WASHINGTON — Both of Maine’s Republican U.S. senators voted today for a landmark agreement to cut spending and raise the debt ceiling.

As expected, the Senate approved the deal by a wide margin, 74-26.

Sen. Susan Collins said this morning she would vote in favor of the measure, while Sen. Olympia Snowe didn’t reveal her position until she took to the Senate floor to cast her vote in favor of the deal to raise the $14.3 trillion debt ceiling through 2012 in return for some $2.4 trillion in planned cuts over 10 years, $917 billion now and $1.5 trillion by the end of the year.

Reps. Mike Michaud, D-2nd, and Chellie Pingree, D-1st, had not said how they would vote ahead of time, either, before Michaud voted “yes” Monday night and Pingree voted “no” on the debt ceiling deal.

The Maine Democrats’ split was emblematic of a split House Democratic caucus, with 95 Democrats voting yes and 95 no. A group of House GOP conservatives also voted against the bill, which passed 269-161.

But while both Snowe and Collins voted in favor of the deal, both expressed concerns about the impact of some of the cuts – particularly in the areas of defense spending and Medicare services – and about the creation of a special 12-member committee that will have the power to offer a package of recommendations for the promised $1.5 trillion in cuts later this year.


The House and Senate can only vote on those recommendations, if the committee can reach them, in their entirety, without lawmakers being able to offer any changes.

Snowe said in a phone interview after the vote that in her final analysis on how to vote the most important factor was “ultimately the fact that this is a crucial time in our economic history. We had to avoid a default” on U.S. obligations. “We averted a catastrophe for America and all Americans when it comes to interest rates and driving up the costs of borrowing.”

Snowe also said the deal “was the first step” in regaining control over “out-of-control” federal spending.

But Snowe said it is a sign of a dysfunctional Congress and political system that a final-hour compromise had to be cobbled together just ahead of today’s default deadline, and she said the work of the so-called super committee is work that should be done by the full House and Senate and in the bodies’ regular committee process.

Snowe also worries that automatic triggers for across-the-board cuts if Congress doesn’t pass the super committee’s recommendations will hit too hard at defense spending and at providers of Medicare services, particularly in states with large rural areas like Maine, despite the fact that the deal aims to protect Social Security and Medicare benefits.

Snowe also said she believes some tax revenues should be part of the mix when the committee looks at further cuts, noting she has supported repeals of various tax subsidies, such as for ethanol production and major oil companies. On the other hand, she is leery of what the super committee can do to pursue overall reform of the tax code, which is what Snowe said is really needed.


“I don’t know what kind of tax reform they can pursue that would be adequate and understand the ramifications, frankly,” Snowe said. “You have to make sure it is the right kind of tax reform that doesn’t ultimately tax middle-income America.”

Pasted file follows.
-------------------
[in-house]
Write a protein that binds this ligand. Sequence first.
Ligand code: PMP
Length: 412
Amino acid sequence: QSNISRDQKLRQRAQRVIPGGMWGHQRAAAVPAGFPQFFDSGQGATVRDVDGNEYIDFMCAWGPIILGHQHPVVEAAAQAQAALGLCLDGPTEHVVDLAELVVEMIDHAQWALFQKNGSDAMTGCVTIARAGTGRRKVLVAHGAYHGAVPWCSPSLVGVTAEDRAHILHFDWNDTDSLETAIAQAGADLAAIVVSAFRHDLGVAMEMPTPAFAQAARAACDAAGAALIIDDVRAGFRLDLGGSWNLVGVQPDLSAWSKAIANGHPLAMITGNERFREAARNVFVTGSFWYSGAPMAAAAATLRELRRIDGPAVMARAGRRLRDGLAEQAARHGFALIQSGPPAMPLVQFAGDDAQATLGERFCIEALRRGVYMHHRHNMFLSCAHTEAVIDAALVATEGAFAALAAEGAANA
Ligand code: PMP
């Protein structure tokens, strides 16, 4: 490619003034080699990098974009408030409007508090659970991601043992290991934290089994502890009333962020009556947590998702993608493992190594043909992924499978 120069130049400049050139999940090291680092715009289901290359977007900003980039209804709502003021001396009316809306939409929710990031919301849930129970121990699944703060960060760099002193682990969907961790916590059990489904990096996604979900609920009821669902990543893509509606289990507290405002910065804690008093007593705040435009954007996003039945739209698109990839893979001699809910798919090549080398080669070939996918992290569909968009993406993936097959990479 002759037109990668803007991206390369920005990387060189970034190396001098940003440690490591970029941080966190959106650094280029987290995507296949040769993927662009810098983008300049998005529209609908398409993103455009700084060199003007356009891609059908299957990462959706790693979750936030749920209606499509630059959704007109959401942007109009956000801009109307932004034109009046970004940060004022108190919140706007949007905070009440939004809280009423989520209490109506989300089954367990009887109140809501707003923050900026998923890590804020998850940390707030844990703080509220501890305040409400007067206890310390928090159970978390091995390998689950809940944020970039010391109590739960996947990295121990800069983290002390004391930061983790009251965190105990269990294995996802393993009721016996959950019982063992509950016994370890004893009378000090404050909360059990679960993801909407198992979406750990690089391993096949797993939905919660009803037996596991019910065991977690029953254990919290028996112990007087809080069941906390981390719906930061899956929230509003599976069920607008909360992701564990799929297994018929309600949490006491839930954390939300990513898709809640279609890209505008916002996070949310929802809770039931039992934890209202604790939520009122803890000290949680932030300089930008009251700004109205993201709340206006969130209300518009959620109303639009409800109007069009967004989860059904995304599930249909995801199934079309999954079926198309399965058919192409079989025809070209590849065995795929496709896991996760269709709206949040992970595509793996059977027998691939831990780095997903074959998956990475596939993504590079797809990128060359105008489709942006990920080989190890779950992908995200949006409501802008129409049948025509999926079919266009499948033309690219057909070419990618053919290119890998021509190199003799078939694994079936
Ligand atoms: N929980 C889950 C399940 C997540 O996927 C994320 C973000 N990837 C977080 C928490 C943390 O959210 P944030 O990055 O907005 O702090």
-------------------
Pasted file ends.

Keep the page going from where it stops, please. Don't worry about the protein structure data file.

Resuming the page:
Collins said in a phone interview this morning, before the vote, that “although the plan is by no means perfect it does represent a step in the right direction. It averts a default which would be disastrous for our economy and cause interest rates to spike, which would hurt everyone. It puts real controls on spending and makes significant reductions in our long-term debt and protects Social Security.”

But Collins said she still has “some serious reservations” about the plan. She too does not support the plan’s creation of the so-called super committee.

Collins said she would like for Congress to have the ability to amend the work of the committee. She also is concerned about the possibility that an automatic, across-the-board cut could be triggered if the committee’s work is not approved by the House and Senate.

Those automatic cuts would fall disproportionately on defense spending and on Medicare providers, particularly rural providers such as hospitals and nursing homes in states like Maine, Collins said.
So while the plan supposedly protects Social Security and Medicare benefits, Collins said she is concerned that in reality it could harm Medicare beneficiaries by driving away providers.

Still, averting a default was crucial to avoiding economic catastrophe and to giving “job creators” the certainty they need at least in the short run to make business plans and hire new workers, Collins said.

Collins also said that she believes the super committee can and should look at new tax revenues as part of the $1.5 trillion in savings, something many House Republicans and conservative Senate Republicans have eschewed, through cutting “worthless” subsidies such as the one supporting ethanol production and subsidies to the major oil companies and through making corporate tax rates more fair. Collins questioned why a huge corporation like General Electric pays a lower tax rate than many small corporations in Maine.

The debate over whether tax revenues should be considered, not just more cuts, is going to be heated as the committee does its work. The plan approved today contains no new tax revenues, just cuts, and calls for a vote on a balanced budget amendment.

MaineToday Media Washington Bureau Chief Jonathan Riskind can be contacted at 791-6280 or at: [email protected]

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